From a dramaturgical perspective, this additional monologue for Paolo (“Nemica ebbi la luce, amica ebbi la notte” – “Day was my enemy, night my friend”) with its seventeen verses is poetically elegant – but it is pure operatic convention. Much as D’Annunzio’s language toys with motifs from Wagner’s TRISTAN UND ISOLDE, Zandonai’s orchestral treatment is equally beholden to the great model. At no other juncture in the opera does Zandonai’s “vocalità” approach the Italian tradition so obviously: even in the melodic detail of Paolo’s entrance on a high E and the accentuation of the high G, the model, Canio’s monologue “Vesti la giubba” with its refrain “Ridi Pagliaccio” from Leoncavallo’s PAGLIACCI of 1892, is discernible. Zandonai, however, manages the incredible: this proximity to so-called “verismo” at a key point in his opera does not appear as a clash of styles. With a masterful hand, he weaves this echo of tradition into the avant-garde soundscape of his score. Equally, Zandonai succeeds in finding his own tone for D’Annunzio’s torture scene, with its obvious reminiscence of Victorien Sardou’s and Puccini’s TOSCA, and for the brief final scene, whose dramaturgy recalls the blood-thirsty finale of Verdi’s OTELLO.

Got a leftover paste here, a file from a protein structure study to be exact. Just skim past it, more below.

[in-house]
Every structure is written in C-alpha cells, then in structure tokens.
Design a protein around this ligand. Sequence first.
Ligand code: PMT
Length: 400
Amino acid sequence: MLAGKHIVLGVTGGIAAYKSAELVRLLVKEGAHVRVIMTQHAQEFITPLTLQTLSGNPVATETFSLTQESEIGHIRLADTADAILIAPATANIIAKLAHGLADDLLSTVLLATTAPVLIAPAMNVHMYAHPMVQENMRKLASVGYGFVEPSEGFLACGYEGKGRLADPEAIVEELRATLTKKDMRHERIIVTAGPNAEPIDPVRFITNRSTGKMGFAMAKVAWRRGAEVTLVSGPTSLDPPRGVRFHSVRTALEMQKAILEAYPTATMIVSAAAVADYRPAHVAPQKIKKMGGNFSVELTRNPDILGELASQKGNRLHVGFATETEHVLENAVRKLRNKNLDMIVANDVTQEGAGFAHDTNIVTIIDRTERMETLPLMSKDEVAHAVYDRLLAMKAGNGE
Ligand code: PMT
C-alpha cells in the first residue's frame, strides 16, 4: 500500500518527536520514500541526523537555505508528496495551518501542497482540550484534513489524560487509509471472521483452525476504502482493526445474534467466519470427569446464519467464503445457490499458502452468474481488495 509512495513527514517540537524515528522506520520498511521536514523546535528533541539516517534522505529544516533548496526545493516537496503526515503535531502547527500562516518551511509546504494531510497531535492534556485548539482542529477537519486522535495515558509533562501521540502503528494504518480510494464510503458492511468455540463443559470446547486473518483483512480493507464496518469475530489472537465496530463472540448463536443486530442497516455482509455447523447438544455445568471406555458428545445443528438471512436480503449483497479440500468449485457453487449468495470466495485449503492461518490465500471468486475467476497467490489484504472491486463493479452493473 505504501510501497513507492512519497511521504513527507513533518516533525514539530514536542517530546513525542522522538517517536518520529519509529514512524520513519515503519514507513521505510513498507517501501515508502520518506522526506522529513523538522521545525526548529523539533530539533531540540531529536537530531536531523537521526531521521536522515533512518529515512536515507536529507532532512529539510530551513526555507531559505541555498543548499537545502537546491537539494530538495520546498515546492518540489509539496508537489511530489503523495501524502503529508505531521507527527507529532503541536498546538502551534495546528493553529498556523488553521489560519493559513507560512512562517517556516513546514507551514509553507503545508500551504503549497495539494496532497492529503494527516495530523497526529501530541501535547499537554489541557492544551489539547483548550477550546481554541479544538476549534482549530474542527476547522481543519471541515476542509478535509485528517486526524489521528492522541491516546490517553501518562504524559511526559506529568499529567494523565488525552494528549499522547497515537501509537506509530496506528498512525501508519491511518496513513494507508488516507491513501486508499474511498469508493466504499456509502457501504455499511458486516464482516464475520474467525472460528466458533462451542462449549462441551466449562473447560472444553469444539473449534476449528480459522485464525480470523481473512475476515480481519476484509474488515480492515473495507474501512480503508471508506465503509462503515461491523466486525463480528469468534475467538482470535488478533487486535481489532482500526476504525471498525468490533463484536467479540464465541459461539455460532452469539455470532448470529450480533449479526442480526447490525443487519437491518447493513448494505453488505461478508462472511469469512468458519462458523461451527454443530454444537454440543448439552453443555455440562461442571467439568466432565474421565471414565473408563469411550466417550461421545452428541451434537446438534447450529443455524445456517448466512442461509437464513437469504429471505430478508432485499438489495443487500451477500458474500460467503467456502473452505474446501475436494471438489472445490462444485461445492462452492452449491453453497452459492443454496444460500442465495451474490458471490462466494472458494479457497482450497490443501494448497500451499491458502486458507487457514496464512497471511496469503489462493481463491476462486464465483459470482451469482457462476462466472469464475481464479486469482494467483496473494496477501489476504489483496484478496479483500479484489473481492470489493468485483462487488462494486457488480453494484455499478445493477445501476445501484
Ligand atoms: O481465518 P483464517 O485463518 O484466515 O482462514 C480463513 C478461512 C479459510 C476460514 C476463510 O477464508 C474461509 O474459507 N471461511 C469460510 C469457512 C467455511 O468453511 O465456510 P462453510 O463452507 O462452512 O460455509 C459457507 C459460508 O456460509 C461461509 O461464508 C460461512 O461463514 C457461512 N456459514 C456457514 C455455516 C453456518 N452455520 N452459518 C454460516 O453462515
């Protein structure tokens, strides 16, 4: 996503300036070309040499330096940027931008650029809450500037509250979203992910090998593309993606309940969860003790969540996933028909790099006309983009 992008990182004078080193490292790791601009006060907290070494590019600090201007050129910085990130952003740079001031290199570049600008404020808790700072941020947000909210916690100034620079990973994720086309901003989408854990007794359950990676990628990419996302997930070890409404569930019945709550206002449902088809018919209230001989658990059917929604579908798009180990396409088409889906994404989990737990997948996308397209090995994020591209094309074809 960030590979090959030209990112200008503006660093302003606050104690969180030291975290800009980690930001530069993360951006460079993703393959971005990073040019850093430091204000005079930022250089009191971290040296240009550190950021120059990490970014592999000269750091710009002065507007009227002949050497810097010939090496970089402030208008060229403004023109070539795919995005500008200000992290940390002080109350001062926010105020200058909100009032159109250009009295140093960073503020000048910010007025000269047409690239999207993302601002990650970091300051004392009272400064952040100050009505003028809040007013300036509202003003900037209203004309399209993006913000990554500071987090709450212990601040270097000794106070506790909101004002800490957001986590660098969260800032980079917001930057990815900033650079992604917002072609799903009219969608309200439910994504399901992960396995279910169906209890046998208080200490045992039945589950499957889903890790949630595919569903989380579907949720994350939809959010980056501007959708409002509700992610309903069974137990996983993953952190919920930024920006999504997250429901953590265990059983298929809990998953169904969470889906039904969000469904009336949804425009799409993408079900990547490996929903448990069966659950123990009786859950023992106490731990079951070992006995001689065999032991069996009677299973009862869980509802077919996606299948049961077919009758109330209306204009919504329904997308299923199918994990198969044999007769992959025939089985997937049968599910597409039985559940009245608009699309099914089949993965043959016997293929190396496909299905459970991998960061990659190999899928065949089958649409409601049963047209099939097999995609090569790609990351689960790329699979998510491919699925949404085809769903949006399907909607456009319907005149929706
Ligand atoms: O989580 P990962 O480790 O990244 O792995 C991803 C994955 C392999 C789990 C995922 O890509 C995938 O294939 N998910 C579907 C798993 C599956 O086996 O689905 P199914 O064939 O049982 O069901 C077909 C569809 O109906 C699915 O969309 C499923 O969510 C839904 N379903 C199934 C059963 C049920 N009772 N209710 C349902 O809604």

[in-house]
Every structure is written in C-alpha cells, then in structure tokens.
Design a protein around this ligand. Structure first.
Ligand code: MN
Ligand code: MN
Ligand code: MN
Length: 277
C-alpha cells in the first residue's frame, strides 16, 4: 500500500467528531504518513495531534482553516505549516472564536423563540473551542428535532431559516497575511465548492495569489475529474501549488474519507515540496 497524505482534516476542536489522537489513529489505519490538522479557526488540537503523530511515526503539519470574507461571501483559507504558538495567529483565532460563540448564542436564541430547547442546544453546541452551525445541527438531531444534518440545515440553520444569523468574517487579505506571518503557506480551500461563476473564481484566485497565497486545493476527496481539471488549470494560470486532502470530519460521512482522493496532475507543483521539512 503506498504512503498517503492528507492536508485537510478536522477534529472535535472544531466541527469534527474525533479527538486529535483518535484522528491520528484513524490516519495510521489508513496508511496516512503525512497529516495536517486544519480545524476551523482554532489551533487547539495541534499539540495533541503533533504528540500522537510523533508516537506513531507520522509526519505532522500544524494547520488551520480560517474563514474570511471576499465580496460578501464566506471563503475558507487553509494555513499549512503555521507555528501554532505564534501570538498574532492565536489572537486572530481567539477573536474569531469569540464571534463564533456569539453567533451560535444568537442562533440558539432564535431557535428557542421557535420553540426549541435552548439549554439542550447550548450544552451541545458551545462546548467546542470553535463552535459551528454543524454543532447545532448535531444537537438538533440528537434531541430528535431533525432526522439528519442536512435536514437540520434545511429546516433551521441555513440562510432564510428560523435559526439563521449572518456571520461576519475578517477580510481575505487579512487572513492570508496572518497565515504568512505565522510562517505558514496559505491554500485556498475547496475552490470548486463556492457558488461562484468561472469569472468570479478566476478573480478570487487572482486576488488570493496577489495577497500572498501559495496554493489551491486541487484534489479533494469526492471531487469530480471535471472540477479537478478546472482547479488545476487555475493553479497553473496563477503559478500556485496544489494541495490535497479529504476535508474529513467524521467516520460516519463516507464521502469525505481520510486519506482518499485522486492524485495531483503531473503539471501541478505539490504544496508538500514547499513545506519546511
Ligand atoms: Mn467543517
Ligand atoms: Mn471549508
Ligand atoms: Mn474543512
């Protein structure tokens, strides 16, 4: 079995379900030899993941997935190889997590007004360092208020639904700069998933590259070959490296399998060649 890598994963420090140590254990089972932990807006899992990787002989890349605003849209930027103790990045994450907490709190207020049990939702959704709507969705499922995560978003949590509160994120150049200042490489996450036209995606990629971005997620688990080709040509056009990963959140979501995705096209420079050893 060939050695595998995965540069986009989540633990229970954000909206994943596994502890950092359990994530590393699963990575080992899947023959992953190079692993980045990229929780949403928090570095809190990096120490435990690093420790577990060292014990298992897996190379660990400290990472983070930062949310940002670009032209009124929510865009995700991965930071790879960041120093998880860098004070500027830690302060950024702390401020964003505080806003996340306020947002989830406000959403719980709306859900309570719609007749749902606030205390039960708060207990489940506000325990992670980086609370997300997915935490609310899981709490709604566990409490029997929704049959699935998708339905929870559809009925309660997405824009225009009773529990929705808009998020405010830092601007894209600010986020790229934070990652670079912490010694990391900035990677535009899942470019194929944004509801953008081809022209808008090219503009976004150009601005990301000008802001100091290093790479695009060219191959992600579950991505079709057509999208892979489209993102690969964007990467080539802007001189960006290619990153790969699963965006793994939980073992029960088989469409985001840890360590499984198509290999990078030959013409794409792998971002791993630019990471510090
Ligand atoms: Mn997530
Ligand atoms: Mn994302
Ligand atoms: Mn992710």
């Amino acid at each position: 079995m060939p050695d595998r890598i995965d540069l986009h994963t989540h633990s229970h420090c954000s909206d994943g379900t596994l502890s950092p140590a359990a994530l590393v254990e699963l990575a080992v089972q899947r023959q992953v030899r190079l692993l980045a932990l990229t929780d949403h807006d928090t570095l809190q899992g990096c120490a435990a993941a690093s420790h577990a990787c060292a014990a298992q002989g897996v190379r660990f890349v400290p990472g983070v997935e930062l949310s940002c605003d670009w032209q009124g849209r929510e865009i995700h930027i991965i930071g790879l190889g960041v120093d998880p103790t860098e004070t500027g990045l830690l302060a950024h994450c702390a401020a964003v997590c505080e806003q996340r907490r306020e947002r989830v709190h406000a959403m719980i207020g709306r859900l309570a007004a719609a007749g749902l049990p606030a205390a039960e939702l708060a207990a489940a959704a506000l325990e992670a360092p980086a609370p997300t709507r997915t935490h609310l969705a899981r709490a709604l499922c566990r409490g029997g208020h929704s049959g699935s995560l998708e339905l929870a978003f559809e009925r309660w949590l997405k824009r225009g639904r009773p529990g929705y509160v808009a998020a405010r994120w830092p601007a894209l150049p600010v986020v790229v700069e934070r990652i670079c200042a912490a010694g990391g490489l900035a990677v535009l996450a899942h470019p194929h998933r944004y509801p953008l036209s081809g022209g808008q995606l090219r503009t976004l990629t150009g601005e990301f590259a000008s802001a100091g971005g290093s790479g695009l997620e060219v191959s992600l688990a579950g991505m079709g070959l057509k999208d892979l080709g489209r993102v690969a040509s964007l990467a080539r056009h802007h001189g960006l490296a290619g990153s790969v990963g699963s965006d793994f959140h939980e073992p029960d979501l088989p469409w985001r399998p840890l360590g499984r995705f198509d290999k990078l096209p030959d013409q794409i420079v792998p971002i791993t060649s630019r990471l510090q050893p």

Hitting the Nerve of the Era
 

Questions remain about Zandonai as a person, as he is still almost unknown even in Italy: how is it possible that this composer managed to produce a great international success in FRANCESCA DA RIMINI, but that after 1913 not a single further opera from his pen enjoyed any recognition – neither GIULIETTA E ROMEO (Rome, 1922) nor I CAVALIERI DI EKEBÙ based on Selma Lagerlöf (Milan, 1925) nor four other works? The question is difficult to answer, but an attempt shall be made. None of the libretti for these operas offered dramatic friction comparable to D’Annunzio’s idiosyncratic tragedy. Presumably Zandonai had a hard time finding outstanding texts, for he lived a recluse’s life in the small town of Pesaro, only infrequently visiting the metropolis of Milan where most of the music business was conducted. He was also a reticent personality who did not enjoy the limelight. A passionate hiker, his character was shaped by his Alpine homeland – born as an Austrian citizen in 1883 in the southernmost, Italian-speaking tip of Tyrol, near the small town of Rovereto. Presumably, however, the aftermath of World War I also played a role. After the collapse of Old Europe, the audience obviously craved less artificial fare, such as Giordano and others supplied. Zandonai’s unique mix of Art Nouveau, avant-garde, decadence and (blood-steeped) modernism had hit the nerve of the era in 1914, but a repetition of this success with another subject after 1918 obviously proved impossible.

Translation: Alexa Nieschlag